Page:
The Sum of All Evil: solo exhibition with Jake & Dinos Chapman
White Cube Hong Kong (50 Connaught Road, Central, Hong Kong). May 22, 2013 – Aug 31, 2013
(See also: Jake & Dinos Chapman 2 — The Restaurant at the End of Modernity by Chris Moore)
The centerpiece of Jake and Dinos Chapman’s latest exhibition was four large glass vitrines, each containing a veritable orgy of filth, violence, death and destruction. Entitled “The Sum of All Evil,” the cast of the Chapman brothers’ installation is an assemblage of minute plastic figures, a child’s army of Nazi soldiers and corpses engaged in Boschian acts of wanton hellishness. Ronald McDonald is crucified constantly in a dead tree-forest-concentration-camp. A stegosaurus buttfucks a rhino. Those of a religious persuasion need not worry too much, as God is also present – or at least the lower half of him is. In one of the vitrines, our eyes follow his Nike Air trainers up his legs, which are covered in needles – perhaps spears thrown by the victims of his creation down below; at the crown above, a sad, flaccid, uncircumcised cock emerges from a thick forest of pubic hair. The ground is comprised wholly of dead corpses in a varying degrees of dismemberment, defilement and decay.
The fun continues in the upstairs gallery, where four smaller boxlike vitrines have been installed. In one, “Ronald Goes Fishing,” Ronald McDonald fishes off a dilapidated wooden pier into a gooey gelatinous lake filled with dead bodies. In one with the almost-funny title of “Nein! Eleven?”, two breast-like, conical mounds of dead Nazi corpses emerge from a mess of the same. Continuing the Chapman bros’ hijacking and “reworking” of found art (they famously mutilated several of Goya’s etchings in their 2003 work “Insult to Injury”), the exhibition also includes six oil canvases by anonymous artists. Originally traditional portraits, the Chapman brothers have “improved” them by rendering all sorts of violence on the subjects. One, a bearded figure that somewhat resembles Karl Marx, has a freshly punched left eye and a bloody gash in the forehead. Most have had the skin on their faces removed to reveal underlying demonic deformities.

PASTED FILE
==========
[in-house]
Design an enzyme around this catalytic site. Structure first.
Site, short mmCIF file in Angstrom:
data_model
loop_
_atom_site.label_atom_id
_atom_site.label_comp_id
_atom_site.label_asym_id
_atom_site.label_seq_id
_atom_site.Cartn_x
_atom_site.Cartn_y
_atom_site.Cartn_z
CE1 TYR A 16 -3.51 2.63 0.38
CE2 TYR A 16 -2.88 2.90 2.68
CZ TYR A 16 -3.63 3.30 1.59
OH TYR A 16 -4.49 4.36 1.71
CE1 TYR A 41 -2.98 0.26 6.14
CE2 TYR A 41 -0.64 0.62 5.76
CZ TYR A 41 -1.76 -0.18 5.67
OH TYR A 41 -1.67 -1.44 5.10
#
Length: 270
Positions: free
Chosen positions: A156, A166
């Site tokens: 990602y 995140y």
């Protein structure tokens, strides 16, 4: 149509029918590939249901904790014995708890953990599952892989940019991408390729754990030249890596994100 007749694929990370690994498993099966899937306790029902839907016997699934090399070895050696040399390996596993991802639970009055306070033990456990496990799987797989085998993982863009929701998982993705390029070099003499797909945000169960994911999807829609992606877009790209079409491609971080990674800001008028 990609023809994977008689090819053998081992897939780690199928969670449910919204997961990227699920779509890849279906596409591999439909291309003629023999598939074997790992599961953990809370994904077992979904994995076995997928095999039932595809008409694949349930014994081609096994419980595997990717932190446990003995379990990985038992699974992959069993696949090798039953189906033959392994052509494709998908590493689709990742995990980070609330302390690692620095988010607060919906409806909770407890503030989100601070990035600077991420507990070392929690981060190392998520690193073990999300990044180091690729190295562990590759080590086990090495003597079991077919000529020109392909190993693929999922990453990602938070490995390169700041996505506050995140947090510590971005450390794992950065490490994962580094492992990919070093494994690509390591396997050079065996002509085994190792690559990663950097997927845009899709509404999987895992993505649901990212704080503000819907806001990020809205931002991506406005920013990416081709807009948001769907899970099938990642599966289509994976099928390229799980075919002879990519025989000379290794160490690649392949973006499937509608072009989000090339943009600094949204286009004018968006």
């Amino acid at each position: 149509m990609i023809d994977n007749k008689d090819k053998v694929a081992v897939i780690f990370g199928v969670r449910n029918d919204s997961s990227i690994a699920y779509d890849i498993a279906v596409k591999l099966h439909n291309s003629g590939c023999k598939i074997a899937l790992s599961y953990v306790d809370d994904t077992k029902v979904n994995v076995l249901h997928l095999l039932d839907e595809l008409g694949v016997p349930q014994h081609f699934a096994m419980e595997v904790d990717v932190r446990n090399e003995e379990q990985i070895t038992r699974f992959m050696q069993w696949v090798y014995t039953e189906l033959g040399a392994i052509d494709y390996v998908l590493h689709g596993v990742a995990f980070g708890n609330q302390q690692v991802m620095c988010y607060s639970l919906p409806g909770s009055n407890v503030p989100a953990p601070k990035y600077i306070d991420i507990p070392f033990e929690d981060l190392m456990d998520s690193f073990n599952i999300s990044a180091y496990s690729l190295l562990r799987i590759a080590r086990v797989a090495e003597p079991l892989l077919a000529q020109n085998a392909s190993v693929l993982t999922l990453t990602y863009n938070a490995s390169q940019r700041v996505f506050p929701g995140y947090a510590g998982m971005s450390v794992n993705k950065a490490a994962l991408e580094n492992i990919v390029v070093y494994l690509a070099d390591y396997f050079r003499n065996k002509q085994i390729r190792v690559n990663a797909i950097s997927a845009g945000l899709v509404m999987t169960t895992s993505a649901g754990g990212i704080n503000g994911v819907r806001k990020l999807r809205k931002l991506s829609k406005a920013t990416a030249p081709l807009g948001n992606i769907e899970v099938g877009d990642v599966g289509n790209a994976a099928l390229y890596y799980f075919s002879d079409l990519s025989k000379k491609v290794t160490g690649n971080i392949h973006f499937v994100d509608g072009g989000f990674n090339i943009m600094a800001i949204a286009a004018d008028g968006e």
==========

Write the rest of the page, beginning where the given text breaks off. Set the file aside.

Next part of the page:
We can only congratulate the Chapmans for successfully harvesting some of the best bad taste in all of art history, though admittedly, it is starting to feel more than a bit contrived. It’s clear that the point is very much an ad nauseam extension of adolescence. But the pseudo-outsider overuse of McDonald’s as a symbol of the evils of global capitalism is a little too obvious at this point; it is, after all, an emblem that has also been selected by every suburban teenage punk band for the last thirty years. Shock art can also be clever and subtle; while the Chapmans’ work – especially “The Sum of All Evil,” with its awesome attention to detail – is occasionally well layered, the brothers lack the campy flair of a John Waters, to name but one example of someone who has consistently done it smarter. Still, whatever doubts one might harbor about the obviousness of deploying Hitler and Ronald McDonald as stock illustrations of “evil” quickly melt away when faced with the awesome spectacle of the endeavor. I just hope that next time, the Chapman Brothers will manage to do it even worse.